Thanks a lot man! Being in the process of thinking ahead it seems usefull to me to create some kind of mounting point, something like a tripod mount. This to mount several things on as I do on my bike (e.g. bottle, light, map, gps, compass etc.) I wonder what other peoples thoughts are and how this can be accomplished and/or already has been done.
nativewater diz: Dez 15, 2011. 7:42 AM
The kind of mount you use depends on where you paddle. Check with what other people in your area are doing if there are any doing kayaking. In surf or rough water, stuff on deck becomes a liability and can easily get washed off. But in more benign conditions mounting stuff on deck is doable. Since the skin is flexible, any kind of deck mount should be supported by some kind of framework under the skin.
wintergreens diz: Nov 25, 2011. 1:29 PM
Thanks a lot for this wonderful guide! What are your thoughts on using 'balistic nylon' as skin material?
nativewater diz: Nov 26, 2011. 5:14 AM
yes, nylon works. I've used it. 8oz is a good weight. Nylon expands when wet and cold and contracts when warm. So it loosens up when in the water. This works against it. Corey Freedman and George Dyson both sell nylon. You can search for them on the internet.
Polyester is more stable but harder to work with because it has no stretch. So you have to sew some darts in the skin to get it to cover the kayak without wrinkles. You can shrink polyester with heat before you paint it. Once in place, the polyester does not expand and contract as much as the nylon, so that's good.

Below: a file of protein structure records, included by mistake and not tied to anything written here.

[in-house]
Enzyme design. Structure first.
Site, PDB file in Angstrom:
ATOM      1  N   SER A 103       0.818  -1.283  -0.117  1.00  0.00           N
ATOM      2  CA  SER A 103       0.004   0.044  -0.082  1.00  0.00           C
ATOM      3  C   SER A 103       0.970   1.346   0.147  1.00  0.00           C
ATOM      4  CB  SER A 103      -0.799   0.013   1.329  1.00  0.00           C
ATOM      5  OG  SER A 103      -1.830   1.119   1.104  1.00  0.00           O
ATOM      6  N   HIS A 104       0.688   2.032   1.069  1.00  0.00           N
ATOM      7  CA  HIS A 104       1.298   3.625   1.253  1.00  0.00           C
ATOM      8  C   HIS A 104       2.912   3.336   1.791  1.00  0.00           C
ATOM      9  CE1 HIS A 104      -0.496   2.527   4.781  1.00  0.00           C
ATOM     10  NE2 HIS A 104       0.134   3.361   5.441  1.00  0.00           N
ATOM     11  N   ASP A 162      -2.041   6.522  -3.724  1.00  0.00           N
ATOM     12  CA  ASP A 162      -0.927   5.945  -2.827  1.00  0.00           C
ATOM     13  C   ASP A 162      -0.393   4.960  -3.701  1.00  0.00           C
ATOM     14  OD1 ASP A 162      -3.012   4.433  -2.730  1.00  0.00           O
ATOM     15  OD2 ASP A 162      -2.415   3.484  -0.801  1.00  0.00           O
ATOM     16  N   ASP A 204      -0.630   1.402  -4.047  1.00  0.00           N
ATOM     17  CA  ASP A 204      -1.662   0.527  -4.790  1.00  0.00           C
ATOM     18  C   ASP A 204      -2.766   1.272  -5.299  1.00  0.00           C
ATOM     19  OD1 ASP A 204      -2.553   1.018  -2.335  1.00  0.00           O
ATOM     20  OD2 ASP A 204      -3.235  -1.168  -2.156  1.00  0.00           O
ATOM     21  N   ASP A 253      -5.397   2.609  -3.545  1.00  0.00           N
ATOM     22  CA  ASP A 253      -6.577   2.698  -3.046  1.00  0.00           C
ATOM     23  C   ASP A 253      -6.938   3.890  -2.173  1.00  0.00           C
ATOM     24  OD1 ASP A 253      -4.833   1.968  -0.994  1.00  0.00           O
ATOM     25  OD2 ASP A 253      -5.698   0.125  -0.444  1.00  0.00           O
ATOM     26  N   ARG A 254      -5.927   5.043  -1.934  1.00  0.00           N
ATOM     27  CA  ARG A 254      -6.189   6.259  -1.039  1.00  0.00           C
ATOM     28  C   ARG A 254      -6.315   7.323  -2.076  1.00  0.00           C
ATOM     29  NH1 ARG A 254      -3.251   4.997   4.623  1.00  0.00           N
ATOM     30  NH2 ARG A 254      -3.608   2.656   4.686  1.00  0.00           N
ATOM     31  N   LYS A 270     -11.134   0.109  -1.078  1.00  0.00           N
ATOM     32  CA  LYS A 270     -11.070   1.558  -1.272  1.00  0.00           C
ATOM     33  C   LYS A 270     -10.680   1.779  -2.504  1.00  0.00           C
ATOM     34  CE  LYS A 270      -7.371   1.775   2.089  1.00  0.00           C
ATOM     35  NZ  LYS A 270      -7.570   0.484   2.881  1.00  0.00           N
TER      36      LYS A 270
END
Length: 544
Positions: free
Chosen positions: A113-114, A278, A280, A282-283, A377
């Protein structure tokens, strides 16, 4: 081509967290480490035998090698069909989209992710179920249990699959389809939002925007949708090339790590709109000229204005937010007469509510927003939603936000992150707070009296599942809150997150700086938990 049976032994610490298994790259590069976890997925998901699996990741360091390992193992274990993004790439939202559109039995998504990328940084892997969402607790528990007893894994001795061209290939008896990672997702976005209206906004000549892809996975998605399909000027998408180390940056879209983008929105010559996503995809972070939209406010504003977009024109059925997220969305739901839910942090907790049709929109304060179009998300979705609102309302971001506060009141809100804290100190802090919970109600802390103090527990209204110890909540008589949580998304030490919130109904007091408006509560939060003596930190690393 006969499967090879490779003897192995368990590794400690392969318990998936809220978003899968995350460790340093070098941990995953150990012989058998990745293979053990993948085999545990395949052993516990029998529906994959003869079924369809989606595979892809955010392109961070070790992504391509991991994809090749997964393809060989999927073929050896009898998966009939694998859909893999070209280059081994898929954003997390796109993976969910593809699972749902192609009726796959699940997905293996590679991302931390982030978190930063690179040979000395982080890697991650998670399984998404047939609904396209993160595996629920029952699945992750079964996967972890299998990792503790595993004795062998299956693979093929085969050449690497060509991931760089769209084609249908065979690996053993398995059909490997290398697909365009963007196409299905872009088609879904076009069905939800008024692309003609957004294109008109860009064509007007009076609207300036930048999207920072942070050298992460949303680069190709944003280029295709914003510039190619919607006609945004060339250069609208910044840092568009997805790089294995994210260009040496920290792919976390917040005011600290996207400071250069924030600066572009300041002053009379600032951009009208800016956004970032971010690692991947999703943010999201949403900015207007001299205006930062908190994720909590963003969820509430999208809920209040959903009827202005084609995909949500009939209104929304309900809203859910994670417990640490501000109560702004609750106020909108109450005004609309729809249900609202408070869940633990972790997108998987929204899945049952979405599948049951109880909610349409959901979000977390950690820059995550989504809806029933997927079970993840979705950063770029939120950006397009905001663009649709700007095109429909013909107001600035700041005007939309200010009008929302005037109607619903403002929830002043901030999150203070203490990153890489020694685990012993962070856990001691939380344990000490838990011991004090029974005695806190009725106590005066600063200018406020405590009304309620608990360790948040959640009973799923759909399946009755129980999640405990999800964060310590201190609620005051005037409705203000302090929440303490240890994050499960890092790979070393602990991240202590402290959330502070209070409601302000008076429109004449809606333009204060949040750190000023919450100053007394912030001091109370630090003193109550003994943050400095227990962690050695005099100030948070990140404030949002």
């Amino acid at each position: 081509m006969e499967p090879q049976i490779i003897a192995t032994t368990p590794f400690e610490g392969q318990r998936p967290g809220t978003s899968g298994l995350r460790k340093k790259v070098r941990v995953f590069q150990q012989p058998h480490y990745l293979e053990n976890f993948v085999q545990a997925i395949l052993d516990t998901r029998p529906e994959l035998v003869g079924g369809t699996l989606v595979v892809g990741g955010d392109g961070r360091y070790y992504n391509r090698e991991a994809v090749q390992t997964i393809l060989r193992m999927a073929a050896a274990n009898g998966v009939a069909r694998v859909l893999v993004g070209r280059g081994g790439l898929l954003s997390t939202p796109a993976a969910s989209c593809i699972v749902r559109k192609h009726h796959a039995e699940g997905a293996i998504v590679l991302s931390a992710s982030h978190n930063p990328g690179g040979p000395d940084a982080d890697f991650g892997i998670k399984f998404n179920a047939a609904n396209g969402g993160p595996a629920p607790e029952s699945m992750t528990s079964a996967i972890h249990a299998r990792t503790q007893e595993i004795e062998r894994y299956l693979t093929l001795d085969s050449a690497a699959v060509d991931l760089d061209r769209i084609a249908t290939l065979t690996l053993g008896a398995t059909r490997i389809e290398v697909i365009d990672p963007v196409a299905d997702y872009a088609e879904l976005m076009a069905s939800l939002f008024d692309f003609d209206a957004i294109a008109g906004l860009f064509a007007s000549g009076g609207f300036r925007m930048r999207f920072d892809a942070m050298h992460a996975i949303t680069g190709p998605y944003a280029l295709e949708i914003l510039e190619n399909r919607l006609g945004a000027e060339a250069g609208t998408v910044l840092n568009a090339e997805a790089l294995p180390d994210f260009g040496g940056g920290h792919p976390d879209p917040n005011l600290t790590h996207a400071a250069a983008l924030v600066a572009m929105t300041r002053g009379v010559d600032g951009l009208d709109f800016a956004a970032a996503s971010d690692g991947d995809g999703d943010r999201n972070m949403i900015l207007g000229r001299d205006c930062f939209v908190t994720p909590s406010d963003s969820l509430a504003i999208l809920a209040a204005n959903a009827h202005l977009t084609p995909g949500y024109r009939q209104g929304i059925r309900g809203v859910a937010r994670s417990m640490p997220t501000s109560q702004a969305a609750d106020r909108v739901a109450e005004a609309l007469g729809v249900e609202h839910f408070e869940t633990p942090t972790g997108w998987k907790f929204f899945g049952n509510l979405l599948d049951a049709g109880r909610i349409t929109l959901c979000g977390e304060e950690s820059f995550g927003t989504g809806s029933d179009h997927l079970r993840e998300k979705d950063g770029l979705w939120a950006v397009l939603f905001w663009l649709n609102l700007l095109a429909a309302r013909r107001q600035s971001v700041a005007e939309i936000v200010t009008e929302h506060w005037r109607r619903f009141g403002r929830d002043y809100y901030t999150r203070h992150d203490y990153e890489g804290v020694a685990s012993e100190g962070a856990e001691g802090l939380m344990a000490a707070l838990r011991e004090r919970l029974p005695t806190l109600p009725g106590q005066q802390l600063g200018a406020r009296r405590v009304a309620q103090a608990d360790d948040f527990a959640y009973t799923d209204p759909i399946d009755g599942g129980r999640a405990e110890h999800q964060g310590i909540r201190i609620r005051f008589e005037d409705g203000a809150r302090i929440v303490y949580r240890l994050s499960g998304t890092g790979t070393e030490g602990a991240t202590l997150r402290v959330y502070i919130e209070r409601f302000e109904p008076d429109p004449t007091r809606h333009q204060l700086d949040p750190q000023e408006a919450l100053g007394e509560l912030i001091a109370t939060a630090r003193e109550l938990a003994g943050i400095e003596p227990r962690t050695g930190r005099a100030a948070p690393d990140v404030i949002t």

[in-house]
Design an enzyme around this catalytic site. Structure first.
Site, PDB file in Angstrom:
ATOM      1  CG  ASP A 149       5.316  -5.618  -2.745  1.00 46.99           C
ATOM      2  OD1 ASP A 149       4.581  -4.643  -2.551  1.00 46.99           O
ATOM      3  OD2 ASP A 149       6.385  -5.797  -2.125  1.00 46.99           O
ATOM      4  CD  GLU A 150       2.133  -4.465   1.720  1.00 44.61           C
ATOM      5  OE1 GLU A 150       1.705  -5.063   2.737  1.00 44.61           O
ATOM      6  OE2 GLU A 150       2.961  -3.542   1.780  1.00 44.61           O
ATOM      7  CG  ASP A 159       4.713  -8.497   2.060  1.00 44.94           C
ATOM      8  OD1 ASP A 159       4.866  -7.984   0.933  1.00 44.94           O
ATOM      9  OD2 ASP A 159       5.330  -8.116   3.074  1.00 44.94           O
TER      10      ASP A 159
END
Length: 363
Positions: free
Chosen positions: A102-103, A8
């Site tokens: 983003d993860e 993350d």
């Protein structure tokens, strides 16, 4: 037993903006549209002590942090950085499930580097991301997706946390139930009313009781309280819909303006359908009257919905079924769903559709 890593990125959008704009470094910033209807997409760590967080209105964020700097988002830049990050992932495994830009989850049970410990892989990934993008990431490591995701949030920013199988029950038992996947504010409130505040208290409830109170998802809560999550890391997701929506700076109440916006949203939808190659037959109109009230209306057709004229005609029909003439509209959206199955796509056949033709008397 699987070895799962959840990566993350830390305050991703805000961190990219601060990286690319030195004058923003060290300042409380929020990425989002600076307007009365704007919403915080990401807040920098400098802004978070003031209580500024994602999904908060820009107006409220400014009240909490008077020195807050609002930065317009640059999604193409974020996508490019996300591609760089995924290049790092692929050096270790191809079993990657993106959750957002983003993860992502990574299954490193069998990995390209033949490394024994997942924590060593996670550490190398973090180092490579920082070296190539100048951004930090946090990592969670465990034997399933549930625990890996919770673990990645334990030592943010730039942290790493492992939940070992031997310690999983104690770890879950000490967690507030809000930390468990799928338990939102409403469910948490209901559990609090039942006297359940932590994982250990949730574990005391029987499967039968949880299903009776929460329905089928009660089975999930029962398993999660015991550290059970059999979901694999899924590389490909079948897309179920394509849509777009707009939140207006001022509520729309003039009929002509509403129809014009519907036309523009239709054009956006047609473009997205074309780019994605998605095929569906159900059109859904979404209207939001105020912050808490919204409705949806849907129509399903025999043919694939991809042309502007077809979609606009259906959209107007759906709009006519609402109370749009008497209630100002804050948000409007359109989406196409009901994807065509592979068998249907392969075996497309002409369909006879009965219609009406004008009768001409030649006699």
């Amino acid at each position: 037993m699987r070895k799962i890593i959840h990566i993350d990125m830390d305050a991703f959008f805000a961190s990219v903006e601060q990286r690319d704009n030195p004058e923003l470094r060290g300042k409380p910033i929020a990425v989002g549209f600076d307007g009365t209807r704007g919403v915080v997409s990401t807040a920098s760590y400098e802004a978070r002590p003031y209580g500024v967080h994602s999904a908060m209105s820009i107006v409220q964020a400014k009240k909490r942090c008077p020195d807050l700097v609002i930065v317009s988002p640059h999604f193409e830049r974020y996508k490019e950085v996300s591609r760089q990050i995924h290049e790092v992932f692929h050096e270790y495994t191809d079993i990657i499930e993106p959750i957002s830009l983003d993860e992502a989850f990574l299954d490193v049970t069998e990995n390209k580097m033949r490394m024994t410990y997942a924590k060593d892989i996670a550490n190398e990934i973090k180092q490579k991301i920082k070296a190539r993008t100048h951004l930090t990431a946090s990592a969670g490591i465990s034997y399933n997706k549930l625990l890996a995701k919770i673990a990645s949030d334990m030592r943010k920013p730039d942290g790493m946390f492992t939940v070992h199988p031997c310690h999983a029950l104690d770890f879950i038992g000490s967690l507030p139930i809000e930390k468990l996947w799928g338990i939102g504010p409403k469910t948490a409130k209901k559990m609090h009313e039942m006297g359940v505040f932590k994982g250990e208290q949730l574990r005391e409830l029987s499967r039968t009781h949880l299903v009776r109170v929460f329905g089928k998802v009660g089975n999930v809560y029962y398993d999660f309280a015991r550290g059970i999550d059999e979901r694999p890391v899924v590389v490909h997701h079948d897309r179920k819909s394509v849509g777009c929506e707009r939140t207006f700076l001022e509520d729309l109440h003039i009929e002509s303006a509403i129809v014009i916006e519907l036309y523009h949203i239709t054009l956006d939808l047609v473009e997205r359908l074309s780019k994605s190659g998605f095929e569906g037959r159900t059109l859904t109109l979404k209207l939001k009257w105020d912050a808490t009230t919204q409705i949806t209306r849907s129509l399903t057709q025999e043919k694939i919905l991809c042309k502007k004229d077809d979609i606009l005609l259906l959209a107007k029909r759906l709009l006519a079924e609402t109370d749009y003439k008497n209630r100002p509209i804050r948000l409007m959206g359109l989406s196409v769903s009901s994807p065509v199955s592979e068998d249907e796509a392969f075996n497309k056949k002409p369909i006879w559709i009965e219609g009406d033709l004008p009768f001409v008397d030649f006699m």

wintergreens diz: Nov 30, 2011. 12:12 AM
I'm very impressed by the durability of BALLISTIC nylon (8 oz):
The skin is sealed with a two-part polyurethane.

Are other skin types (regular nylon / polyester) as durable as ballistic nylon? What kind of coating is used for polyester? Thanks.
nativewater diz: Nov 30, 2011. 7:40 AM
durability is more or less a function of weight. Ballistic nylon is called that because they used to use it for flack jackets. They now use kevlar. The two part urethane will work on polyester as well. Polyester has less stretch than nylon so will not move out of the way of impact as readily as nylon. But you can go with heavier weights of polyester without worrying about shrinking skin warping the frame. You need to be careful with nylon in excess of 8 oz.
landsharkxx diz: Jul 8, 2011. 2:54 PM
Can I fish in it? Also would aligators be a problem?
nativewater diz: Jul 12, 2011. 11:41 PM
you can probably fish from any kayak although you would probably want a fairly wide and stable kayak for fishing.